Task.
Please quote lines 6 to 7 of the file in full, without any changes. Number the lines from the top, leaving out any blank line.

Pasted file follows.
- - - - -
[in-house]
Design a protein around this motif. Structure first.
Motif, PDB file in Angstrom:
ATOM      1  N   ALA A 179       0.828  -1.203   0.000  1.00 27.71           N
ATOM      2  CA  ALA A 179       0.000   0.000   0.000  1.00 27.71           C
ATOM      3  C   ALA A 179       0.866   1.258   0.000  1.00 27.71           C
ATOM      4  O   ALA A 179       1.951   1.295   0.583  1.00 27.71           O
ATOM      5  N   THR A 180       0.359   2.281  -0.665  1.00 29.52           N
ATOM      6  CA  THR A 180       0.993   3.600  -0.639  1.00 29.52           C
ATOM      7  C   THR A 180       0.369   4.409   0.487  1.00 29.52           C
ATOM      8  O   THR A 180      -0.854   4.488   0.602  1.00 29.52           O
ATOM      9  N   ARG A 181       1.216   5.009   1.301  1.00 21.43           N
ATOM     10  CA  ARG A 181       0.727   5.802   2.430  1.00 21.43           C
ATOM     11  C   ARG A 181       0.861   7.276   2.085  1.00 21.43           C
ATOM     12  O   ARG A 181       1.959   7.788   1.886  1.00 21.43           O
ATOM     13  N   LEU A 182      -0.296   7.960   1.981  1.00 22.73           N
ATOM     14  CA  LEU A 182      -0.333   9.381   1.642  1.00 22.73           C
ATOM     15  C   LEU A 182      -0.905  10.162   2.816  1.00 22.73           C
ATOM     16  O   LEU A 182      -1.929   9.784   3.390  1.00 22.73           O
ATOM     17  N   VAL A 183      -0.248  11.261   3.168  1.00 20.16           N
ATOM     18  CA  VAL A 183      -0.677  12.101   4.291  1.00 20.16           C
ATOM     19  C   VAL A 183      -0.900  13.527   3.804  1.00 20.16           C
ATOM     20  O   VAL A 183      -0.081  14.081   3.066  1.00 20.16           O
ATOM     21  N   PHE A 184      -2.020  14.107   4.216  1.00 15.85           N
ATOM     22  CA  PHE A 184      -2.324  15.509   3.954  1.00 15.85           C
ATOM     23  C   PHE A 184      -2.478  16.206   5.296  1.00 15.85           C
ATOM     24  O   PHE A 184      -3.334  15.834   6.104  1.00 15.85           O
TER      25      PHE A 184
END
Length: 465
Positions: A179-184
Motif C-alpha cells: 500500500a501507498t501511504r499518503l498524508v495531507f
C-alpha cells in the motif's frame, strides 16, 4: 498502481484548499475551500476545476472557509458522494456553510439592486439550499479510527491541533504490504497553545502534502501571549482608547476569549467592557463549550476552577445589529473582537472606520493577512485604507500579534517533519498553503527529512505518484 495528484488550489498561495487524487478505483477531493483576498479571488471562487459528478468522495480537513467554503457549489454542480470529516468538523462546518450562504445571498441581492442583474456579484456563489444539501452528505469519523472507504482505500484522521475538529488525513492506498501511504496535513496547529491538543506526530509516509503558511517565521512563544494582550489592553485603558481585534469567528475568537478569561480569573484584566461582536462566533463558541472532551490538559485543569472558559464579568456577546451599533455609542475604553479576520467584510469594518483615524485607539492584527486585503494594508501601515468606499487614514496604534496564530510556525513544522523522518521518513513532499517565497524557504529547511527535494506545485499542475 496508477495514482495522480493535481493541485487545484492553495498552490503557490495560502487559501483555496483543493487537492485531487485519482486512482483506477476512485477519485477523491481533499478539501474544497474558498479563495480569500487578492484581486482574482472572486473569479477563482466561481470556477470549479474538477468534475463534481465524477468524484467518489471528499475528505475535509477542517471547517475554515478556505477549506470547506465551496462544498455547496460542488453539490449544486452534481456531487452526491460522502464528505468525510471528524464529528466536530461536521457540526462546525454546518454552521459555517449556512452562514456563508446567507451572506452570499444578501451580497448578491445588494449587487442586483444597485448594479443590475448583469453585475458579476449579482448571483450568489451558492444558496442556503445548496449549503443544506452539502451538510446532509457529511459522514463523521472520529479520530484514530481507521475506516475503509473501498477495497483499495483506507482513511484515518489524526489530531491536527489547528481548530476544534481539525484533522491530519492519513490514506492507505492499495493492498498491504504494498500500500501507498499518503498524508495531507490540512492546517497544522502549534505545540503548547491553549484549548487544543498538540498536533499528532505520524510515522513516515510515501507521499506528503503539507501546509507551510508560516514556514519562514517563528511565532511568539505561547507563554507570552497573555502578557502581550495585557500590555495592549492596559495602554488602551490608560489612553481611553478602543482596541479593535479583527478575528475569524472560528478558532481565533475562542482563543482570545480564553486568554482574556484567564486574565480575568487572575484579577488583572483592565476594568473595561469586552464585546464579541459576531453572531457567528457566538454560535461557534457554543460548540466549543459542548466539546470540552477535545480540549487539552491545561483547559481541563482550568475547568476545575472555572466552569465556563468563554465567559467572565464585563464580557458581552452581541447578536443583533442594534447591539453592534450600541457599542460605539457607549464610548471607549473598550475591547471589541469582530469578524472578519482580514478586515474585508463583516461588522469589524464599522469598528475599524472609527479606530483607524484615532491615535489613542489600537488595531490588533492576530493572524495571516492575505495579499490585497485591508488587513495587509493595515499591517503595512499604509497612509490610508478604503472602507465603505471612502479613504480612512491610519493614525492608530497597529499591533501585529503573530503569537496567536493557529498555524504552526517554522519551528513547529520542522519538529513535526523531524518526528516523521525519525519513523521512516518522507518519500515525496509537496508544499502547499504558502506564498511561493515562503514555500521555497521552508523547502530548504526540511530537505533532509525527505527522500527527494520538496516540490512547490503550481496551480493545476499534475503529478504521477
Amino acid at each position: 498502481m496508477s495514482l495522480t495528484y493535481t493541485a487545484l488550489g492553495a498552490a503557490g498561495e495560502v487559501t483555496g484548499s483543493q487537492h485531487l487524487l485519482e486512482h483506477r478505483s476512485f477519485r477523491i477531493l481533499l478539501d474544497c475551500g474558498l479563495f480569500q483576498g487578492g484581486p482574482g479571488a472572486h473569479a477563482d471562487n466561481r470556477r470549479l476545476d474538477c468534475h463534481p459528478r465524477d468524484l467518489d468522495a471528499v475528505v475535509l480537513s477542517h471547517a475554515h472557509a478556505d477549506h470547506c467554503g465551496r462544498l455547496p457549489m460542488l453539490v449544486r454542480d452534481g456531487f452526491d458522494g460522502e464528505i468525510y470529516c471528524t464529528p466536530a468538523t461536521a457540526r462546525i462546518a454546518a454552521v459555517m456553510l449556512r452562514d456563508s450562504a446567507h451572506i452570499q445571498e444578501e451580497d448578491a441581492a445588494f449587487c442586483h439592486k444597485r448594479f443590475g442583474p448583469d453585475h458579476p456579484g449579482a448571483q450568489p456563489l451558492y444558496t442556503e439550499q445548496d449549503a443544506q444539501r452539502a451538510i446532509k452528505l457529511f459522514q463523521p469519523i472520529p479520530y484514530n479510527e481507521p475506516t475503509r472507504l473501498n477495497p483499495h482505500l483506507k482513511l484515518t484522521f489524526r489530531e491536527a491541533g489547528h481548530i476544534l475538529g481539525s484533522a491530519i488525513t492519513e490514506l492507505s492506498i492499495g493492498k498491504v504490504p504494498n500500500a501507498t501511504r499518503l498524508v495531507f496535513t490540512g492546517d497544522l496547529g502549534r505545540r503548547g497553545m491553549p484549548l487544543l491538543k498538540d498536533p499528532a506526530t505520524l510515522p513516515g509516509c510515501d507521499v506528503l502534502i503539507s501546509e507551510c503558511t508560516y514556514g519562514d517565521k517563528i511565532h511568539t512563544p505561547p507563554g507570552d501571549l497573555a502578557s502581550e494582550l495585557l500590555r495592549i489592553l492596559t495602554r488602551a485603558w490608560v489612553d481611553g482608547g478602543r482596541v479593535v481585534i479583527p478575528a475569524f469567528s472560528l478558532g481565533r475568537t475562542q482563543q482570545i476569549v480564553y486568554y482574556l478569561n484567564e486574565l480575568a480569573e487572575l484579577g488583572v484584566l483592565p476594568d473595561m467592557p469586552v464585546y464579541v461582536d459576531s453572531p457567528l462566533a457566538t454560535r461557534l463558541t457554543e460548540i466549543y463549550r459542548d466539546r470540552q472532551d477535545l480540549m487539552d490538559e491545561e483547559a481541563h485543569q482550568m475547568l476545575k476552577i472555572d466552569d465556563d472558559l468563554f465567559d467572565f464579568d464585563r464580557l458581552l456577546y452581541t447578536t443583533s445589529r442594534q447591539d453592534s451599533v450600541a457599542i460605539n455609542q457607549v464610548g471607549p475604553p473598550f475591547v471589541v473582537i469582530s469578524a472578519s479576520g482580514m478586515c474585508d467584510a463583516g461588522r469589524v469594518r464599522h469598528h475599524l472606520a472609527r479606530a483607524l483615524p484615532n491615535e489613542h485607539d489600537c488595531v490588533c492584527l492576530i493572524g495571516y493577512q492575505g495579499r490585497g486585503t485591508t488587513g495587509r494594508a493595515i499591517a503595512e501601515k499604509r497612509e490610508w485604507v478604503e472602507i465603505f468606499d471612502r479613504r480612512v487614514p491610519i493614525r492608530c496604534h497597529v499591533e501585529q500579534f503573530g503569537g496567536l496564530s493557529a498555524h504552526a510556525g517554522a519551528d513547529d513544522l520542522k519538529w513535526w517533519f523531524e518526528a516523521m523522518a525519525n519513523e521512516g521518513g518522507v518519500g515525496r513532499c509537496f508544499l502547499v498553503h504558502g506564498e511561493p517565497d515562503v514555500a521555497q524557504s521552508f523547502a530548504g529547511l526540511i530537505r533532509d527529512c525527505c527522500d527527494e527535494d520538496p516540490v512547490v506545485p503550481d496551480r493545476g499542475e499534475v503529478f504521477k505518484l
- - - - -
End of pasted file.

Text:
ATOM      3  C   ALA A 179       0.866   1.258   0.000  1.00 27.71           C
ATOM      4  O   ALA A 179       1.951   1.295   0.583  1.00 27.71           O